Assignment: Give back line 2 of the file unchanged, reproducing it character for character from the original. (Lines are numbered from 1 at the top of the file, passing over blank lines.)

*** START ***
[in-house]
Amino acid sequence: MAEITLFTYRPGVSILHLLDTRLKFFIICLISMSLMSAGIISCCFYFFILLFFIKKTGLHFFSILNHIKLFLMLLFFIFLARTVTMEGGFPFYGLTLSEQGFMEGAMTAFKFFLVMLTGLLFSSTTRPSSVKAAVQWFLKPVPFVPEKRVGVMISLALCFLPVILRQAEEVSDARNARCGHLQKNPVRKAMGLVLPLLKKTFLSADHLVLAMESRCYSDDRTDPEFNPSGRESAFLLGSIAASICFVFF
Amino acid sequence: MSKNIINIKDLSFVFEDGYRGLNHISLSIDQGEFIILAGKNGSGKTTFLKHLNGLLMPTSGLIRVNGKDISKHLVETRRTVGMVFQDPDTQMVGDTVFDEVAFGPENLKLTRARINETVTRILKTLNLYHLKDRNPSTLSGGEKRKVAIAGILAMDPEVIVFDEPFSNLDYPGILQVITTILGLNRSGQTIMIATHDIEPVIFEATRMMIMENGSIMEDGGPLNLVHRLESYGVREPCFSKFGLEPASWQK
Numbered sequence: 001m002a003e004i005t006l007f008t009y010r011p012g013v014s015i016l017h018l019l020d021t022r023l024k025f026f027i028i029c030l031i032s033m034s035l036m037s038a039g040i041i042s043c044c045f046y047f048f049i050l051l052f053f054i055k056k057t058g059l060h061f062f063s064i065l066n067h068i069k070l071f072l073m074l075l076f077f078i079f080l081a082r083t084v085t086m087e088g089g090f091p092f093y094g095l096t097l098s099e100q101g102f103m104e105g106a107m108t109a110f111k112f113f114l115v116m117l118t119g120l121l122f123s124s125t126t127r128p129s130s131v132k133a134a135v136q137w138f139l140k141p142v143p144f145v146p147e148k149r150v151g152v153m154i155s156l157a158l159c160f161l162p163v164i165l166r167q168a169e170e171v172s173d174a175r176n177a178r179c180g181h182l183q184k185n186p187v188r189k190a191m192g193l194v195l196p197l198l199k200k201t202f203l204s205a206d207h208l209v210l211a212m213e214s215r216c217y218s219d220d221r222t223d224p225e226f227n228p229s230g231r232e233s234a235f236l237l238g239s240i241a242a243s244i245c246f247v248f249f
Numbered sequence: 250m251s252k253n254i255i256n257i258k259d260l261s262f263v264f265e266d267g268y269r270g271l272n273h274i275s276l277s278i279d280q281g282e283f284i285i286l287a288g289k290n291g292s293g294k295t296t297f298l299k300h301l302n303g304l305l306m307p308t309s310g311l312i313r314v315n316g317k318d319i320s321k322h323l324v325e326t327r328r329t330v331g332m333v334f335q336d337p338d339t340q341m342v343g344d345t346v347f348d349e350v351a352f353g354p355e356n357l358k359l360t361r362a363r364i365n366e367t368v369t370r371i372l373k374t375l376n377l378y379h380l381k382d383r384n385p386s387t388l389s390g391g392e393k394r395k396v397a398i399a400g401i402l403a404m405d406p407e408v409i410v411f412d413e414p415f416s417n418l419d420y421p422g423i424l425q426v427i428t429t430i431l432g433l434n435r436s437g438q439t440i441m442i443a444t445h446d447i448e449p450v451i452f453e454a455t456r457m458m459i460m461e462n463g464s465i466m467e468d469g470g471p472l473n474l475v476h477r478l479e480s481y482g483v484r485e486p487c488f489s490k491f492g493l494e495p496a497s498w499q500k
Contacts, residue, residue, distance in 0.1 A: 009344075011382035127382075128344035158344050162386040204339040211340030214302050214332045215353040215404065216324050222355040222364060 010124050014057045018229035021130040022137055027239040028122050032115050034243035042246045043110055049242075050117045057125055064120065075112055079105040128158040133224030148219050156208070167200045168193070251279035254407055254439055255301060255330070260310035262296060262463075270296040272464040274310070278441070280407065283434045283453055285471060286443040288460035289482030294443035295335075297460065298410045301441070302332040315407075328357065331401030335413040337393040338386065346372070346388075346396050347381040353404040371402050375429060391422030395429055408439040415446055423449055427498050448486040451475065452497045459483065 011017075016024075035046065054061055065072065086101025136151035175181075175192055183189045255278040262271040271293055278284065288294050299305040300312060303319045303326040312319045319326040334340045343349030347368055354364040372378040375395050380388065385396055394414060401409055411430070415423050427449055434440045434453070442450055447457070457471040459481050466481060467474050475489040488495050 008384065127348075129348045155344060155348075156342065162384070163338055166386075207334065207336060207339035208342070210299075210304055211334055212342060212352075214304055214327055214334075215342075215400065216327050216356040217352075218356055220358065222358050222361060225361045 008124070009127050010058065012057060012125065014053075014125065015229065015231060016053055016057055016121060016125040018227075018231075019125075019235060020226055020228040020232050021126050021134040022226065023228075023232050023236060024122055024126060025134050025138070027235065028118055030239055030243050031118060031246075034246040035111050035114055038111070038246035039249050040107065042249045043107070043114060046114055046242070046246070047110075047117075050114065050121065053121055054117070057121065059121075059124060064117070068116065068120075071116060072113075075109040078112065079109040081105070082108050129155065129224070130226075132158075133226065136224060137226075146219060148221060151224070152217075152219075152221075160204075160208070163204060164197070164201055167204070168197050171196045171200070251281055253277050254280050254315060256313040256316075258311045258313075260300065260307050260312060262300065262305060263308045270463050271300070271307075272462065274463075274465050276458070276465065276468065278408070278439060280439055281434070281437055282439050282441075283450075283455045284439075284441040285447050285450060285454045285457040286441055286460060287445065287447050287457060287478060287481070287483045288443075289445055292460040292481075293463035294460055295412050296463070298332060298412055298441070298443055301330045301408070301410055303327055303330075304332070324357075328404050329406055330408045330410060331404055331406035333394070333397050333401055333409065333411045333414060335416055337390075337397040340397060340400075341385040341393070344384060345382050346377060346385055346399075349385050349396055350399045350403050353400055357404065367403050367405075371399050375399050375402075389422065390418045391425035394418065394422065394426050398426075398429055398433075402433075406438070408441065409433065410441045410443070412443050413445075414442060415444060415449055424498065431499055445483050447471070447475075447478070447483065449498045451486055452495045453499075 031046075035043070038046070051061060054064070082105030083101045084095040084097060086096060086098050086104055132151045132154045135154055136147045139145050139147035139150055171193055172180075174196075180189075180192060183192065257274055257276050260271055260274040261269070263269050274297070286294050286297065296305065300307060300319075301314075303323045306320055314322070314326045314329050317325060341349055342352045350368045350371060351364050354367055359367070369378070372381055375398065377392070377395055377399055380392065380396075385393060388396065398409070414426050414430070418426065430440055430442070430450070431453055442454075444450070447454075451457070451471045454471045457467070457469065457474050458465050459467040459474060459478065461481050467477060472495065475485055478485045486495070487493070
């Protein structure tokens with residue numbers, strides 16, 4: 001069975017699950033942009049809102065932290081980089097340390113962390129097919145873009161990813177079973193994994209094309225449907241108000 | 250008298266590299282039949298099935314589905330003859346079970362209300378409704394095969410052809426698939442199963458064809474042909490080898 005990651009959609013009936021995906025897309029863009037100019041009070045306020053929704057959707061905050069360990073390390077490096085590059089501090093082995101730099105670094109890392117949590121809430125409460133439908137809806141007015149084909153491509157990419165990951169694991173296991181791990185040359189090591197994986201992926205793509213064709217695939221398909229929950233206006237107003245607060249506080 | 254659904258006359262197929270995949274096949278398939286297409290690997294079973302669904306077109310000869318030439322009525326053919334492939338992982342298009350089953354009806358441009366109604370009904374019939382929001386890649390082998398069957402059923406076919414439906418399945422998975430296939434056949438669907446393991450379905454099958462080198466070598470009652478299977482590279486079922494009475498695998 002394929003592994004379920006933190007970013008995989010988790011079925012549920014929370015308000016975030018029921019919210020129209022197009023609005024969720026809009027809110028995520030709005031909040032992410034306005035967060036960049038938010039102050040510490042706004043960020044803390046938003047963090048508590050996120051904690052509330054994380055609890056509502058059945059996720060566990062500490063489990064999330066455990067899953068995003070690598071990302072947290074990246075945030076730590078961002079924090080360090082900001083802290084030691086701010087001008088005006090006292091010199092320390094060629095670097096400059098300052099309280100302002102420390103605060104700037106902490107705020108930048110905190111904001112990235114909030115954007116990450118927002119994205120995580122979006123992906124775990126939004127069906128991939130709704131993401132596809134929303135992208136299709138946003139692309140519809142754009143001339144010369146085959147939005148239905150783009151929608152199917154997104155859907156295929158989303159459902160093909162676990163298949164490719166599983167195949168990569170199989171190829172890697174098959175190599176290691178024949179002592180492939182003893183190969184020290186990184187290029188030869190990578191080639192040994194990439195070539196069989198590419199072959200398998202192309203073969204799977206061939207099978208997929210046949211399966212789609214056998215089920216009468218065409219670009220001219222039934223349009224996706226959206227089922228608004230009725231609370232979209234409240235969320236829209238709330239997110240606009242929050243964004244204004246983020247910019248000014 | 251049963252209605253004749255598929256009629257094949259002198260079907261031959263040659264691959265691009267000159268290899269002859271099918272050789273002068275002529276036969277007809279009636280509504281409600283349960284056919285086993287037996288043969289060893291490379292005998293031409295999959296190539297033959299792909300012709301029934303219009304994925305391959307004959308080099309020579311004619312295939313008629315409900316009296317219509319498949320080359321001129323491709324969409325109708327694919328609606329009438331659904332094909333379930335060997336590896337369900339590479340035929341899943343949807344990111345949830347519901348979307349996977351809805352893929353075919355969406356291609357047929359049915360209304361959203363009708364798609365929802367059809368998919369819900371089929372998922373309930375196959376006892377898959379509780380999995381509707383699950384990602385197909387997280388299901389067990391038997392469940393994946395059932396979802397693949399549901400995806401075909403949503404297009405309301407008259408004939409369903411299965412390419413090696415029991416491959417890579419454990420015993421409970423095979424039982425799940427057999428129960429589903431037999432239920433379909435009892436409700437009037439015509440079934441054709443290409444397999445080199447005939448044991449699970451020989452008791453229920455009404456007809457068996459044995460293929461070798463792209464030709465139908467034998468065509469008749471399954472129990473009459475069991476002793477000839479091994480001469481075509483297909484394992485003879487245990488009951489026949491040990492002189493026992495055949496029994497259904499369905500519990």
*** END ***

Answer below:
Amino acid sequence: MAEITLFTYRPGVSILHLLDTRLKFFIICLISMSLMSAGIISCCFYFFILLFFIKKTGLHFFSILNHIKLFLMLLFFIFLARTVTMEGGFPFYGLTLSEQGFMEGAMTAFKFFLVMLTGLLFSSTTRPSSVKAAVQWFLKPVPFVPEKRVGVMISLALCFLPVILRQAEEVSDARNARCGHLQKNPVRKAMGLVLPLLKKTFLSADHLVLAMESRCYSDDRTDPEFNPSGRESAFLLGSIAASICFVFF